ZECHARIAH (Heb. זְכַרְיָה; "yhwh has remembered"; end of ninth century b.c.e.), the priest, son of Jehoiada. According to ii Chronicles 24:20–22, Zechariah admonished the people in the courtyard of the Temple. They plotted against him and stoned him at the command of *Joash, king of Judah. The latter had forgotten that Jehoiada, Zechariah's father, had once saved his life and made him king (ii Chron. 22:11ff.). As Zechariah died he said: "May the Lord see it, and avenge it." (The historicity of the incident is questioned by H.L. Ginsberg.) The tombstone over the alleged grave of Zechariah son of Jehoiada stands in the Valley of Kidron opposite the Temple Mount in Jerusalem.
[Yehoshua M. Grintz]
In the Aggadah
The aggadah about the murder of Zechariah in the Temple concerns Zechariah the son of Jehoiada (ii Chron. 24:20ff.); but in some of the sources he is confused with Zechariah the prophet (Zech. 1:1; Ezra 5:1) and also with the Zechariah mentioned in Isaiah 8:1. The aggadah magnifies the crime which was committed by the king and the people: "Seven transgressions were committed by Israel on that day" (Lam. R., Proem 23), among them that he was slain on the Day of Atonement which happened to fall on the Sabbath. Not content with the punishment which King Joash suffered according to the biblical story (ii Chron. 24:23ff.), the aggadah tells that after the slaughter in Jerusalem and its environs, Nebuzaradan found the "blood of Zechariah bubbling up." When he inquired as to the nature of this blood, he was first told that it was the blood of sacrifices; but when he investigated and found it not to be so, they admitted whose blood it was. Nebuzaradan said "I will appease him" and he stood and killed in cold blood the members of the Sanhedrin, the priestly class, and the rest of the people – a total of 94,000; but the blood still seethed until Nebuzaradan angrily rebuked Zechariah saying "Do you want me to destroy them all?" Then the blood stopped seething (Git. 57b; Sanh. 96b; Lam. R. ibid.; also on Lam. R. 4:13, tj, Ta'an. 69a–b; Sanh. 96b; cf. also Matt. 23:35f.). According to some of the versions, Nebuzaradan was so impressed by this example of divine justice that he repented his own misdeeds and was converted to Judaism. Thus the murder of Zechariah was the direct cause of the destruction of the Temple and all the suffering connected with it. Although the story refers explicitly to the First Temple, it seems meant to explain the destruction of the second one, for which no obvious reason was apparent. Hence it is quite plausible that the aggadah has in mind similar incidents which happened prior to the destruction of the Second Temple, such as the murder by John Hyrcanus of his brother during the sacrificial service (Jos., Ant., 11:300) or the slaying by Zealots of an innocent citizen, called Zechariah(!), in the Temple (Jos., Wars, 4:335).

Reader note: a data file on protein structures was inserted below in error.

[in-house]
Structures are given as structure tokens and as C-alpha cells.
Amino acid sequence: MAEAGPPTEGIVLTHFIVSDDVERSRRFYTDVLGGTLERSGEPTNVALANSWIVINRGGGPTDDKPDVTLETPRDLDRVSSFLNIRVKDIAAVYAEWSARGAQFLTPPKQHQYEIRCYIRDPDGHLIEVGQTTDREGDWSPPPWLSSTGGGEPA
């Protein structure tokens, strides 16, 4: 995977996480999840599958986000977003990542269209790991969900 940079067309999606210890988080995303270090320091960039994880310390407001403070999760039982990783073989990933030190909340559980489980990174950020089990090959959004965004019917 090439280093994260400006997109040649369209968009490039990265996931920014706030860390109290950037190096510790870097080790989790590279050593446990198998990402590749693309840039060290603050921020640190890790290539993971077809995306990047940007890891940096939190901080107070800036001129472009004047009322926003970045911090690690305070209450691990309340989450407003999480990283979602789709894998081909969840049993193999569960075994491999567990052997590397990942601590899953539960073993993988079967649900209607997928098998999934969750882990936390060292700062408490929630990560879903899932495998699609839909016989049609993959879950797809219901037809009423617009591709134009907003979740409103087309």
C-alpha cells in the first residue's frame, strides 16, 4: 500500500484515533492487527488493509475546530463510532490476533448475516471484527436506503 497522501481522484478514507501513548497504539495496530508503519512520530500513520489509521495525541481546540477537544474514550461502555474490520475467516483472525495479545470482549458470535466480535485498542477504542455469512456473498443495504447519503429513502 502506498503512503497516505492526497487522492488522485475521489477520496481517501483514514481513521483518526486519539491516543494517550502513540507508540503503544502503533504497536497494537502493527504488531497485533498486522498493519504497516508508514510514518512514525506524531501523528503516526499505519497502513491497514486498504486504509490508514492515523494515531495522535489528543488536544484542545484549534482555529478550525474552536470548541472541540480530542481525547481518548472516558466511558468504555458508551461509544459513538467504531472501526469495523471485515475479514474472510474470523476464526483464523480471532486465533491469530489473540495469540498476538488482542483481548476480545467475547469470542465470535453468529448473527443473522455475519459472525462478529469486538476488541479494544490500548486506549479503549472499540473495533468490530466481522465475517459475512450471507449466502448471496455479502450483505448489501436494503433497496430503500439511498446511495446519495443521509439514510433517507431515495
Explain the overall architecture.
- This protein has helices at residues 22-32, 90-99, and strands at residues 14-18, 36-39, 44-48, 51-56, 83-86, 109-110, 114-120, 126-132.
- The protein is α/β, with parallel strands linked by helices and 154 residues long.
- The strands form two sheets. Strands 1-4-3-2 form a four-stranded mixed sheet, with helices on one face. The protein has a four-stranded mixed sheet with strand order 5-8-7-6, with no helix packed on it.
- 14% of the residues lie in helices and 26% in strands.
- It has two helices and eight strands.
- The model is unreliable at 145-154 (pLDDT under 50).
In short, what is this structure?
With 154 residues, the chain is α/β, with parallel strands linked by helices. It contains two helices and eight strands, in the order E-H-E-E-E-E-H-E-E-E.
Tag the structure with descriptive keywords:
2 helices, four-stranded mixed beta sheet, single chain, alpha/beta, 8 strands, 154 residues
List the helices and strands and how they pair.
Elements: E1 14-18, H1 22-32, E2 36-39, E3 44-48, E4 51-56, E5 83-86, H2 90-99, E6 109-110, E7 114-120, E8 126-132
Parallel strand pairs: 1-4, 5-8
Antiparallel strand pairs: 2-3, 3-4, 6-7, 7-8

Ginsberg, in: jbl, 80 (1961), 347; de Vaux, Anc Isr., 346, 377, 385. in the aggadah: S. Baeck, in: mgwj, 76 (1932), 313–9; H.S. Blank, in: huca, 12–13 (1937–38), 327–46; Ginzberg, Legends, 4 (19475), 304; (19463), 396–7.
"Zechariah." Encyclopaedia Judaica. . Encyclopedia.com. (August 21, 2018). http://www.encyclopedia.com/religion/encyclopedias-almanacs-transcripts-and-maps/zechariah-1
"Zechariah." Encyclopaedia Judaica. . Retrieved August 21, 2018 from Encyclopedia.com: http://www.encyclopedia.com/religion/encyclopedias-almanacs-transcripts-and-maps/zechariah-1